Q: Councillor X - what is 'easyBolics'?
A: Thank you for asking, Mrs Angry - 'easyBolics' is my new political model for local government here in Broken Barnet. It is a diabolical combination of idiotic economic theory, seamlessly combined with a one size fits all, no-nonsense return to traditional values, a patronising, inappropriate and inhumane experiment in social engineering.
Q: What sort or shape of future does this new model bring to the citizens of our borough?
A: The darkest of dawns, a bleak apocalyptic end to everything you hold dear, and a sharp increase in the fines on overdue library books.
Q: Dear God, did anyone vote for this?
A: Oh yes, I am afraid they did, Mrs Angry.
Q: What inspired you to create this fiendishly clever new political concept? Was it a desperate desire for attention in order to distract people from the mistakes of your previous political career?
A: No, it was partly for a laugh, to see what I could get away with, but mostly because for some time now I have felt that I am a divine being, with super human powers, and capable of performing miracles.
Q: Er .... what?
A: Well, I was lying on a bench in Tally Ho one morning, knocking back a can of Pilsner, when out of nowhere an interesting thought popped into my head: What would happen if I was dictator of Broken Barnet, and could run it the way I think it should be run ... what would be the most ridiculous idea I could try to impose on the electorate? Something with a snappy soundbite catchphrase, but ludicrously unworkable? 'Better services for less money', said a voice in my head. 'Don't be silly,' I laughed: that's impossible: and who is to quantify better, anyway? Better than what? Better than nothing?' 'Details, details,' said the voice, 'You can do anything, if you want to, or at least you can pretend to, which is the art of political spin, is it not, Councillor X?'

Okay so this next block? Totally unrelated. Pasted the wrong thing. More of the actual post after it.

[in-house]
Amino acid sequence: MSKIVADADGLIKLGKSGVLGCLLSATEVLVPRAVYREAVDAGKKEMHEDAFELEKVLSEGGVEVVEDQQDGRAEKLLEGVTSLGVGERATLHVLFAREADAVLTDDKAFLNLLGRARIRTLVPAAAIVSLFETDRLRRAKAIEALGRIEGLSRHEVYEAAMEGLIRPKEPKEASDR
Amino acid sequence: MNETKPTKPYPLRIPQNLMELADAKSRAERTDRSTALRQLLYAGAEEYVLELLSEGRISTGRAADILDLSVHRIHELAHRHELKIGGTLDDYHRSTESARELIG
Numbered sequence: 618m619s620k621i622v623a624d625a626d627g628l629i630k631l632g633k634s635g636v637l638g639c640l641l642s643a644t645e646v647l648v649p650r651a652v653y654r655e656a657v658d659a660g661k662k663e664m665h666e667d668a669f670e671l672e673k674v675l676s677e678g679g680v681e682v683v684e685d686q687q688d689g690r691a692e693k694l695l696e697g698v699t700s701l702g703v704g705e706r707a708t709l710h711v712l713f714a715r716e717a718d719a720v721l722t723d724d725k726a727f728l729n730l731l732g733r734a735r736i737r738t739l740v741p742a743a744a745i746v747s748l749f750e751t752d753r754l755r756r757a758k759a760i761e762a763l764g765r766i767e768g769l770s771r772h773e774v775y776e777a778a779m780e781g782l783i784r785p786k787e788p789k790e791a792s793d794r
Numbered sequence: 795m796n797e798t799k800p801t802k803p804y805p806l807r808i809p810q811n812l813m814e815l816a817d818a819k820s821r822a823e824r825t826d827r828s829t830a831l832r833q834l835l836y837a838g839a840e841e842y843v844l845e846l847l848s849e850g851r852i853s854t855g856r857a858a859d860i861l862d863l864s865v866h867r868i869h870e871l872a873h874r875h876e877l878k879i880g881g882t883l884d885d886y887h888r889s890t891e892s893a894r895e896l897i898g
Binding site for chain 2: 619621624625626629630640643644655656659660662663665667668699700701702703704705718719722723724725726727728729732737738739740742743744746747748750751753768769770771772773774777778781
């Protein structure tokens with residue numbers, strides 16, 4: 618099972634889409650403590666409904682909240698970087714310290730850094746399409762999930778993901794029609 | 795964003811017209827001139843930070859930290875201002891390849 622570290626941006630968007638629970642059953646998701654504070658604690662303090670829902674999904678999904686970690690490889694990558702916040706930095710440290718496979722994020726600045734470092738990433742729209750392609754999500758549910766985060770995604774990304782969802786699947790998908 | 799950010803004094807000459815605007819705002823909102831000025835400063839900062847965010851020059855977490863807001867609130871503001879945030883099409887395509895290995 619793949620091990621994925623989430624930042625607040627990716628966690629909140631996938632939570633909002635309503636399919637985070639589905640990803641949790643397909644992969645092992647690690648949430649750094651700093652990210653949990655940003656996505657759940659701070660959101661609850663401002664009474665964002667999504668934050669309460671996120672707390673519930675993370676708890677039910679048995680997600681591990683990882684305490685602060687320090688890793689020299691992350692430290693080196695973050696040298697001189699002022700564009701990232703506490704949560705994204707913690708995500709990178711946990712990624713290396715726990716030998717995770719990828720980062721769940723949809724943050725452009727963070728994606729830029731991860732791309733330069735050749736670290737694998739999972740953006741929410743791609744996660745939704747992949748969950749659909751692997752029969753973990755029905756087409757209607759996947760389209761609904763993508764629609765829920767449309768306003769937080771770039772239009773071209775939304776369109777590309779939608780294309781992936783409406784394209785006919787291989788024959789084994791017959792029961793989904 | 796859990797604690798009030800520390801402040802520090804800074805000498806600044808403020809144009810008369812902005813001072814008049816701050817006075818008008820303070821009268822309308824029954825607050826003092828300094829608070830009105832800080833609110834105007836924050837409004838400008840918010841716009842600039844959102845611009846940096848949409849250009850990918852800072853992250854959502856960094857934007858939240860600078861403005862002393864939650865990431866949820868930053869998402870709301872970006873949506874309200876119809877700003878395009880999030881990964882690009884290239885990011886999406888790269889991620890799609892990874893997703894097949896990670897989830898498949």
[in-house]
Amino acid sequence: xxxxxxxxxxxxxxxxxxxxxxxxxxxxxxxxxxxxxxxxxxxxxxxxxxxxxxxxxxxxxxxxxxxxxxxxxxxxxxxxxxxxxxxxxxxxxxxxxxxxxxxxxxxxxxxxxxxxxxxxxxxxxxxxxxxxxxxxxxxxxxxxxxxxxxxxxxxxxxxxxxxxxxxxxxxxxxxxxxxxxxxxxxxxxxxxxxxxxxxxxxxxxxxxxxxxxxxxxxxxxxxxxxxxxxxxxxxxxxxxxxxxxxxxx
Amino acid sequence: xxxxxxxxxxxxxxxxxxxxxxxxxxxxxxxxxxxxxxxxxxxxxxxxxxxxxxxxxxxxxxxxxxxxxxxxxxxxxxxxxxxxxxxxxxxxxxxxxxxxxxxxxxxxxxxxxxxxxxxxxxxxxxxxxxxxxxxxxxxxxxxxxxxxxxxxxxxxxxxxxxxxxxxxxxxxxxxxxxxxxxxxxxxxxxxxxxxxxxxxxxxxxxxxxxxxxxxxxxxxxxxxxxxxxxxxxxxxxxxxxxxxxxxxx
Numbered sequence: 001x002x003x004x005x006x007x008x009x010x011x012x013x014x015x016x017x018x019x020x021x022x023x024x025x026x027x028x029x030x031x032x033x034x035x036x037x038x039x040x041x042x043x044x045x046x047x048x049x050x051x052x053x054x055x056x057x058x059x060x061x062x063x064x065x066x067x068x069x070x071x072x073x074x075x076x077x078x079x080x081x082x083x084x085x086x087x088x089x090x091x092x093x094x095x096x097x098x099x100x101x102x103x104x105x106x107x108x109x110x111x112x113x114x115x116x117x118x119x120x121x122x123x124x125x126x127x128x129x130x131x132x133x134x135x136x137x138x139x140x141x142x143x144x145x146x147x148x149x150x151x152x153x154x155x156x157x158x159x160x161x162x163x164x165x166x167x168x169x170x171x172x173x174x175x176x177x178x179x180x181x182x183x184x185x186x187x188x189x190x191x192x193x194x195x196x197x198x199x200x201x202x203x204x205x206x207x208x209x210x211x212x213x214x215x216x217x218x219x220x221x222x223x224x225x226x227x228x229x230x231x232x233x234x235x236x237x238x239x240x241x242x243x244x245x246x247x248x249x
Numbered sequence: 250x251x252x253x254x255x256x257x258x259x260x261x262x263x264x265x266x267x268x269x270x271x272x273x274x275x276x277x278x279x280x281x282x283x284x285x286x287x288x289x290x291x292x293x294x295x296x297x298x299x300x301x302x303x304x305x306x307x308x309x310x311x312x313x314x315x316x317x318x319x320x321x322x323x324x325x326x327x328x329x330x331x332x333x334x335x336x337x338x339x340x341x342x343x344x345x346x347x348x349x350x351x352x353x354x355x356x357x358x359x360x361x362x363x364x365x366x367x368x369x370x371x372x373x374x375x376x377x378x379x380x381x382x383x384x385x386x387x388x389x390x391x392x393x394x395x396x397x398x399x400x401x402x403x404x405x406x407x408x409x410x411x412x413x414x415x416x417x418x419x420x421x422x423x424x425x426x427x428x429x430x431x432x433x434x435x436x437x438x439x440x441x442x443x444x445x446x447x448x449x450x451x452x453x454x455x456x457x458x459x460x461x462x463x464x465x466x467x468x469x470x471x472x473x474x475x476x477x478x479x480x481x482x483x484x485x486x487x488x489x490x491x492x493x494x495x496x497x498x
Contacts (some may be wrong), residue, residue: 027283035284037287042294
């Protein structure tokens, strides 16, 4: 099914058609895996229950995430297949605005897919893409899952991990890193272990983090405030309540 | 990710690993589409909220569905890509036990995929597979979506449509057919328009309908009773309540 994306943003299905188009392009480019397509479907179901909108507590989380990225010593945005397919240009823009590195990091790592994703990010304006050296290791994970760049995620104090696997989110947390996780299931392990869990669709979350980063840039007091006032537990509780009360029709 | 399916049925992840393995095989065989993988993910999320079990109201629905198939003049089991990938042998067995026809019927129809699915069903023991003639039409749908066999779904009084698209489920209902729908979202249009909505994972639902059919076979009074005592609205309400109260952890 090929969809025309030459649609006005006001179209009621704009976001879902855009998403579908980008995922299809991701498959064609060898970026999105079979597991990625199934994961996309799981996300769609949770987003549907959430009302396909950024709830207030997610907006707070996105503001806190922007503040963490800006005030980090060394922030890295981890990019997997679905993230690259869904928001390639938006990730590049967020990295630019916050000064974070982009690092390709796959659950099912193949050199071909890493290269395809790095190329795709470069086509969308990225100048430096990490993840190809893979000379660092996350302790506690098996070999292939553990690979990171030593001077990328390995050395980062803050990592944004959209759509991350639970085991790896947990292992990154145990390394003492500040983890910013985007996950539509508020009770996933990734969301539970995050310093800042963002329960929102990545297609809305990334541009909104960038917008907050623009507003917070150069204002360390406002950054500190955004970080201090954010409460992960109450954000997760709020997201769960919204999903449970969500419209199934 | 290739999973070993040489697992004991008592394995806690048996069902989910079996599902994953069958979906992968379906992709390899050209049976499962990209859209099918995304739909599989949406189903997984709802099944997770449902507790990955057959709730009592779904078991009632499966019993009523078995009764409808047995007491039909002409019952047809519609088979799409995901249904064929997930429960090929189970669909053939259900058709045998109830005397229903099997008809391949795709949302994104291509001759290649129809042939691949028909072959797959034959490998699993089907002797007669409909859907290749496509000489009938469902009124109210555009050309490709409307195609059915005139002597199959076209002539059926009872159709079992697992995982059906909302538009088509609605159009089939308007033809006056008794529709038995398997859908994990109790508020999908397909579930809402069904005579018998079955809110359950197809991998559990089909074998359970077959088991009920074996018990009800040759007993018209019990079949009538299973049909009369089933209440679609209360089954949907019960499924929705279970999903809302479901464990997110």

Hmm, so I started thinking ... after all, the good Lord turned water into wine, and fed the five thousand with a couple of loaves and fishes ... why shouldn't I be able to do the same? Since early childhood, you see, I have begun to realise that I have extraordinary wisdom and talents: and like all good politicians, I have always realised that I am not like ordinary people, and yet always know better than they what is good for them. This is why, for example, my colleagues and I prefer to travel by sedan chair around the streets of Broken Barnet, carried by grateful citizens, rather than be expected to use public transport with dirty people. Equally, and is only fitting, we naturally require a higher standard of nutrition than ordinary citizens and expect a suitable and regular amount of public banquets, free lunches and dinners, and, wherever possible, a steady regime of sponsored 'factfinding' trips to warm and sunny resorts in perhaps Cyprus, Florida or indeed anywhere with a four star hotel.
Q: Yes, we've noticed, but have any of you had any proven success in the real world, in the areas of business, finance or economics?
A: Obviously, like most who enter politics, I myself am doing so only because I cannot hack it in the private sector and wish to hide my failings in a life allegedly dedicated to public office.
Q: Then how do you know that easyBolics is a workable economic policy?
A: But that hardly matters: by the time everyone has realised it doesn't work it will be too late, and anyway we can always blame all failures on some senior officer and sack'em.
Q: Well, could you give us some examples of how easyBolics will work in reality? Bearing in mind that your own group leader was interviewed on the BBC and was totally unable to present a coherent explanation of the theory?